No longer are consultants simply saints or shysters, Winston Fletcher finds
Con Tricks, appropriately enough, is a bit of a con trick. It appears to be one thing but turns out to be another. At face value it promises to be a kiss-and-tell expose of management consultancy at its most venal. The jacket shows a consultant with an ace up his sleeve, like a second-rate conjuror, and refers to "the shadowy world of management consultancy". But you should never judge a book by its cover - nor by a catchpenny title, for that matter.
Contrary to appearances, Con Tricks is an honest, balanced and down-to-earth analysis of management consultancy's strengths and weaknesses. It is closer to being a sensible textbook than a sensationalist pot-boiler. It highlights the things consultants can do well, and fingers their inadequacies. It is a much sounder book, and a much better book, than its packaging suggests.
In recent years, as Martin Ashford shows, management consultancy has been a booming business. The industry - if that word does not offend you - was in effect born in the 1980s, and by 1996 the world's top 30 consultancies were estimated to have a turnover of $29 billion (£19 billion). In the same year, 97% of The Times 200 largest companies were using consultants, and in the previous five years the British government had spent a mighty £2.29 billion on their services. Their burgeoning reflects the ever increasing complexity of business and of government. Many senior managers in both public and private sectors now recognise that without outside advice, they cannot hope to cope.
Maybe this explosive growth prompted Ashford to feel, when he set out, that even to suggest management consultancies have lacunae would be controversial. Maybe he believed that saying management consultancies are not infallible was pretty provocative in itself. Maybe that is why he constantly reaches for denigratory descriptions of consultants - he dubs them "the prostitutes of the business world" and brands them as wily deceivers by calling them "cons" rather than consultants throughout, which is both irritating and childish. (He also has a silly habit of feminising clients and consultants, calling them all "she". He offers no explanation for this quirk, which is sometimes quite confusing.) Yet Ashford had no reason to aim for the bestseller lists with cheap flourishes. Even before the book was written he had carried out a survey among both consultants and their clients that revealed a good deal of disillusionment, on both sides. This study, which forms the backbone the book, reveals that image of management consultancy in Britain is far from Olympian.
To list just a few of his survey's findings: * Only 28 per cent of their clients think "consultants are good value for money"
* More than 50 per cent think "consultants' first loyalty is to their firm, not to their clients"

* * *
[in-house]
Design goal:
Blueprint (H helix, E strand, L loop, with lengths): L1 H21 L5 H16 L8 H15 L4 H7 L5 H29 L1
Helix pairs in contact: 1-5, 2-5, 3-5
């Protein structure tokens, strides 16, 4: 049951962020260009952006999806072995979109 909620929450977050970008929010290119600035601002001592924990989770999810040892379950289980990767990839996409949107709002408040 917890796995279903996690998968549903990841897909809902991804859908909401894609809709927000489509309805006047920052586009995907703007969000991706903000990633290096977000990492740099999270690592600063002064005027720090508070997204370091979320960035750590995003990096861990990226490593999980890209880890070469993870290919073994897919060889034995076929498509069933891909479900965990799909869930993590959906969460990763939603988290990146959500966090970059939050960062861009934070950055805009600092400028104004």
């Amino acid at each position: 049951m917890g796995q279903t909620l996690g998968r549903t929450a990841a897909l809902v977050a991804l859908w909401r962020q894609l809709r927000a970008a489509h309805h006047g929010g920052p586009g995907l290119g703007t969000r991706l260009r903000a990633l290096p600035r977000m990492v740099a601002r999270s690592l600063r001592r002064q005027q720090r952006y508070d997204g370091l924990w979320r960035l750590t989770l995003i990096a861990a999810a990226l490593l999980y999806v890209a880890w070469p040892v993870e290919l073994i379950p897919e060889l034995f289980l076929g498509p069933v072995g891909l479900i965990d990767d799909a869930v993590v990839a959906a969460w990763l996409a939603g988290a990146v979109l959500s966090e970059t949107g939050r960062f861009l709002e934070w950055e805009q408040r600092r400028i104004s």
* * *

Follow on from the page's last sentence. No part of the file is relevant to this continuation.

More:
* Only 24 per cent think "consultants are good at coming up with original ideas for their clients" while a whacking 75 per cent agreed with its opposite: "consultants are better at fleshing out clients' ideas than at suggesting new ones".
From all of which you might deduce that things are far from well in consultancy's "shadowy world".
But the survey came up with many positive findings, too. More than half of the clients surveyed agreed with each of the following relatively laudatory statements: * "Consultancy projects make a valuable contribution to most of their clients"
* "Consultants achieve results faster than clients could on their own"
* "Consultants are good at catalysing change in their clients".
And more than 70 per cent of the clients said the results of consultancy projects undertaken for them had been at least acceptable, and usually successful.
Management consultants, in other words, are neither saints nor shysters. Only the most naive will find that a surprise. Like the rest of humanity, consultants are curates' eggs: good in parts. And the strength of Ashford's book is that he spotlights which parts are good, which not -and shows clients how to get the most out of what they do well while avoiding the things they do poorly.
Having been a consultant himself, and being able to write with admirable clarity (despite his stylistic quirks), Ashford offers consultancy clients a good deal of straightforward and unpretentious advice. Much of it is common sense: brief consultants clearly and in detail, make sure the consultancy team does not change as soon as they have won the business, ensure they stick to the original specification (or have very, very good reasons for changing it) and so on. Such advice is well worth setting down, especially for those novice users of consultants who may be slightly in awe of them.
But as Ashford's data shows, few experienced managers see consultants through rose-tinted spectacles. Equally, they know consultants are not cons or card-sharps. So there can be little reason for dressing a sensible sheep in such crassly inappropriate wolf's clothing.
Winston Fletcher is chairman, Bozell UK Group.
Con Tricks: The Shadowy World of Management Consultancy and How to Make it Work for You
Author - Martin Ashford
ISBN - 0 684 82141 9
Publisher - Simon & Schuster
Price - £17.99
Pages - 298